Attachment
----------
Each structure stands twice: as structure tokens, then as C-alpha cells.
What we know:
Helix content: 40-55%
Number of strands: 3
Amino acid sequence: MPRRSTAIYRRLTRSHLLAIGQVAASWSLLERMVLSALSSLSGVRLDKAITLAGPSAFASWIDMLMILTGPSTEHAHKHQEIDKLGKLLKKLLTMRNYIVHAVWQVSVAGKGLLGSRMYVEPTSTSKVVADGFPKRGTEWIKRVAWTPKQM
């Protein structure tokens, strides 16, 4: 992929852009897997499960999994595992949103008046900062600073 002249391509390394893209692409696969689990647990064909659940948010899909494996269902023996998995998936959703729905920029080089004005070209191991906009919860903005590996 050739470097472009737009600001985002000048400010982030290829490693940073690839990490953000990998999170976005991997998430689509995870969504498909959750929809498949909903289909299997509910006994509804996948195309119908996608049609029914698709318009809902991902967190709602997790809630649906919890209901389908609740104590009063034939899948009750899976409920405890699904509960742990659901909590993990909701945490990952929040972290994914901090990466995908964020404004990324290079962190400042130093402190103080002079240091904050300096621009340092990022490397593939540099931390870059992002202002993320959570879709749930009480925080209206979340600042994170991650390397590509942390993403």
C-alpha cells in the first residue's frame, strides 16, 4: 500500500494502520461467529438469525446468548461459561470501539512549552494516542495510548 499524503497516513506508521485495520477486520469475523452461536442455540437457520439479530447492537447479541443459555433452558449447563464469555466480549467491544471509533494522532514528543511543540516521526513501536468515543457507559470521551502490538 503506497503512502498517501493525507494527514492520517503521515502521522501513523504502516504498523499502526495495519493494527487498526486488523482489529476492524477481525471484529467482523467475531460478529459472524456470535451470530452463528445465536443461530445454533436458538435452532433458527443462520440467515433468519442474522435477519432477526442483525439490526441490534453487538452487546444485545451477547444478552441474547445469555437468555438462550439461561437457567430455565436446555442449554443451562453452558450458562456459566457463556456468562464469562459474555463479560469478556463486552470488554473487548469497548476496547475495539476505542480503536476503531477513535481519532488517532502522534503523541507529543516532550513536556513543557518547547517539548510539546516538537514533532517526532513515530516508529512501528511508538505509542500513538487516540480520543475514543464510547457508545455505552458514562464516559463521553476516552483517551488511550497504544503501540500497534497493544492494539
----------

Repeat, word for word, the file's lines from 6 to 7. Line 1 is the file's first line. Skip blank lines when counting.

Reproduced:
């Protein structure tokens, strides 16, 4: 992929852009897997499960999994595992949103008046900062600073 002249391509390394893209692409696969689990647990064909659940948010899909494996269902023996998995998936959703729905920029080089004005070209191991906009919860903005590996 050739470097472009737009600001985002000048400010982030290829490693940073690839990490953000990998999170976005991997998430689509995870969504498909959750929809498949909903289909299997509910006994509804996948195309119908996608049609029914698709318009809902991902967190709602997790809630649906919890209901389908609740104590009063034939899948009750899976409920405890699904509960742990659901909590993990909701945490990952929040972290994914901090990466995908964020404004990324290079962190400042130093402190103080002079240091904050300096621009340092990022490397593939540099931390870059992002202002993320959570879709749930009480925080209206979340600042994170991650390397590509942390993403």
C-alpha cells in the first residue's frame, strides 16, 4: 500500500494502520461467529438469525446468548461459561470501539512549552494516542495510548 499524503497516513506508521485495520477486520469475523452461536442455540437457520439479530447492537447479541443459555433452558449447563464469555466480549467491544471509533494522532514528543511543540516521526513501536468515543457507559470521551502490538 503506497503512502498517501493525507494527514492520517503521515502521522501513523504502516504498523499502526495495519493494527487498526486488523482489529476492524477481525471484529467482523467475531460478529459472524456470535451470530452463528445465536443461530445454533436458538435452532433458527443462520440467515433468519442474522435477519432477526442483525439490526441490534453487538452487546444485545451477547444478552441474547445469555437468555438462550439461561437457567430455565436446555442449554443451562453452558450458562456459566457463556456468562464469562459474555463479560469478556463486552470488554473487548469497548476496547475495539476505542480503536476503531477513535481519532488517532502522534503523541507529543516532550513536556513543557518547547517539548510539546516538537514533532517526532513515530516508529512501528511508538505509542500513538487516540480520543475514543464510547457508545455505552458514562464516559463521553476516552483517551488511550497504544503501540500497534497493544492494539